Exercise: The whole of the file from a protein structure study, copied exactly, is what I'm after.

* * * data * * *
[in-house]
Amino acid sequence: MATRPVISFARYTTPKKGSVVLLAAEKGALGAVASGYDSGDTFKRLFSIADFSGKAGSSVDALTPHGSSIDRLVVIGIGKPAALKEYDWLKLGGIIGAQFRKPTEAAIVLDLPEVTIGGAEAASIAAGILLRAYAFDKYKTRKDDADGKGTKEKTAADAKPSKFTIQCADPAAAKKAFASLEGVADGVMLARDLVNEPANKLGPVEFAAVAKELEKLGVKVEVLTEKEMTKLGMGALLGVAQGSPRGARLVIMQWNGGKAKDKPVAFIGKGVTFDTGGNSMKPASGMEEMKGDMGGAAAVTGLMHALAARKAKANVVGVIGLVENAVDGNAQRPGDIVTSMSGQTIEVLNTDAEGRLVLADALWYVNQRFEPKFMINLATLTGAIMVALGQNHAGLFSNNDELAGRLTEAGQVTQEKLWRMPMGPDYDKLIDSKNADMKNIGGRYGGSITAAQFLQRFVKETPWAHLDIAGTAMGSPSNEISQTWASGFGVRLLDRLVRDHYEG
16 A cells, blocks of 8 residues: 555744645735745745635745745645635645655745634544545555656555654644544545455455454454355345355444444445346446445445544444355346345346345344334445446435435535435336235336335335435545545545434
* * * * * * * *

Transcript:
[in-house]
Amino acid sequence: MATRPVISFARYTTPKKGSVVLLAAEKGALGAVASGYDSGDTFKRLFSIADFSGKAGSSVDALTPHGSSIDRLVVIGIGKPAALKEYDWLKLGGIIGAQFRKPTEAAIVLDLPEVTIGGAEAASIAAGILLRAYAFDKYKTRKDDADGKGTKEKTAADAKPSKFTIQCADPAAAKKAFASLEGVADGVMLARDLVNEPANKLGPVEFAAVAKELEKLGVKVEVLTEKEMTKLGMGALLGVAQGSPRGARLVIMQWNGGKAKDKPVAFIGKGVTFDTGGNSMKPASGMEEMKGDMGGAAAVTGLMHALAARKAKANVVGVIGLVENAVDGNAQRPGDIVTSMSGQTIEVLNTDAEGRLVLADALWYVNQRFEPKFMINLATLTGAIMVALGQNHAGLFSNNDELAGRLTEAGQVTQEKLWRMPMGPDYDKLIDSKNADMKNIGGRYGGSITAAQFLQRFVKETPWAHLDIAGTAMGSPSNEISQTWASGFGVRLLDRLVRDHYEG
16 A cells, blocks of 8 residues: 555744645735745745635745745645635645655745634544545555656555654644544545455455454454355345355444444445346446445445544444355346345346345344334445446435435535435336235336335335435545545545434